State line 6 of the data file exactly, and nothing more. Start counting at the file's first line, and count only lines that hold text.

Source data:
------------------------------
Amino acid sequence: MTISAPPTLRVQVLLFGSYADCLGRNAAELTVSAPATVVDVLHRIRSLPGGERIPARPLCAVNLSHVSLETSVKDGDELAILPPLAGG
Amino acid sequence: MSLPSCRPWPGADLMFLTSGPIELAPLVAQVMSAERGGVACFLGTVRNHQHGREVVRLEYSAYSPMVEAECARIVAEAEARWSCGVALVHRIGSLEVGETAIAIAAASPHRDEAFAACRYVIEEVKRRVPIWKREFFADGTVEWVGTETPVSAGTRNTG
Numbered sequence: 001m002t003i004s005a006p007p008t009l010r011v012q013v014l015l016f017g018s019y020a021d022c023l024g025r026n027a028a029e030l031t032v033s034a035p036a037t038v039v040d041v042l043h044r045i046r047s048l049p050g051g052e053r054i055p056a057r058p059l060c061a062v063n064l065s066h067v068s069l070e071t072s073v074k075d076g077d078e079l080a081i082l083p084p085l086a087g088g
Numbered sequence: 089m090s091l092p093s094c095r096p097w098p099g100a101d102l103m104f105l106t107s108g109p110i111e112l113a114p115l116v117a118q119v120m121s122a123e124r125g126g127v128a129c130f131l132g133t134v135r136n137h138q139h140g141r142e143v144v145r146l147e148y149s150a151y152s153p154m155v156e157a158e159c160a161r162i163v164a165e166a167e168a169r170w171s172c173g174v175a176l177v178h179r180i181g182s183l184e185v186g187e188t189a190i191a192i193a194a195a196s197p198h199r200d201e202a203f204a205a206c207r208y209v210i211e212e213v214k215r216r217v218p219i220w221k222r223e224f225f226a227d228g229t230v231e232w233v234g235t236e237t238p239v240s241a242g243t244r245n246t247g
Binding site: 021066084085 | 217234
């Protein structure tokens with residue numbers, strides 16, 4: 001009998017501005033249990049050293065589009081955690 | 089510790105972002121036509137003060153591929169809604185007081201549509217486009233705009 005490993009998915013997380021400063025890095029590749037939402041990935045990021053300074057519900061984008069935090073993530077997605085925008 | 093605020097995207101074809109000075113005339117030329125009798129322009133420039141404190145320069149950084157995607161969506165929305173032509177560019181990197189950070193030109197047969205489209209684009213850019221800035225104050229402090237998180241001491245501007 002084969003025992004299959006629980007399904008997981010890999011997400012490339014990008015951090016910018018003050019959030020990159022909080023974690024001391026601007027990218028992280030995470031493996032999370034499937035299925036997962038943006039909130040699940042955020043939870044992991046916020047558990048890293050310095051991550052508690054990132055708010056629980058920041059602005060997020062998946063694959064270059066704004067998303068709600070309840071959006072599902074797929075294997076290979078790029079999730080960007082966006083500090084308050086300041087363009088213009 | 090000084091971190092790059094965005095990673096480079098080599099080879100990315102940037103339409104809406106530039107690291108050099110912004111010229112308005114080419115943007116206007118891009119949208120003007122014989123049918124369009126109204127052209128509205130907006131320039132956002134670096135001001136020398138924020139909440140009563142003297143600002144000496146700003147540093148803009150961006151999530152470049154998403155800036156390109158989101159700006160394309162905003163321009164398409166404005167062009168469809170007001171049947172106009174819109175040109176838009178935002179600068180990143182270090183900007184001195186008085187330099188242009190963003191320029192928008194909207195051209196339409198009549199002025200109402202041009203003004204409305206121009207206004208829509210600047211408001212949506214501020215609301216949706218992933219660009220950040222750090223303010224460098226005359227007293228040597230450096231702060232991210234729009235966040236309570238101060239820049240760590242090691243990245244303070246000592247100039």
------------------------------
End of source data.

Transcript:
């Protein structure tokens with residue numbers, strides 16, 4: 001009998017501005033249990049050293065589009081955690 | 089510790105972002121036509137003060153591929169809604185007081201549509217486009233705009 005490993009998915013997380021400063025890095029590749037939402041990935045990021053300074057519900061984008069935090073993530077997605085925008 | 093605020097995207101074809109000075113005339117030329125009798129322009133420039141404190145320069149950084157995607161969506165929305173032509177560019181990197189950070193030109197047969205489209209684009213850019221800035225104050229402090237998180241001491245501007 002084969003025992004299959006629980007399904008997981010890999011997400012490339014990008015951090016910018018003050019959030020990159022909080023974690024001391026601007027990218028992280030995470031493996032999370034499937035299925036997962038943006039909130040699940042955020043939870044992991046916020047558990048890293050310095051991550052508690054990132055708010056629980058920041059602005060997020062998946063694959064270059066704004067998303068709600070309840071959006072599902074797929075294997076290979078790029079999730080960007082966006083500090084308050086300041087363009088213009 | 090000084091971190092790059094965005095990673096480079098080599099080879100990315102940037103339409104809406106530039107690291108050099110912004111010229112308005114080419115943007116206007118891009119949208120003007122014989123049918124369009126109204127052209128509205130907006131320039132956002134670096135001001136020398138924020139909440140009563142003297143600002144000496146700003147540093148803009150961006151999530152470049154998403155800036156390109158989101159700006160394309162905003163321009164398409166404005167062009168469809170007001171049947172106009174819109175040109176838009178935002179600068180990143182270090183900007184001195186008085187330099188242009190963003191320029192928008194909207195051209196339409198009549199002025200109402202041009203003004204409305206121009207206004208829509210600047211408001212949506214501020215609301216949706218992933219660009220950040222750090223303010224460098226005359227007293228040597230450096231702060232991210234729009235966040236309570238101060239820049240760590242090691243990245244303070246000592247100039």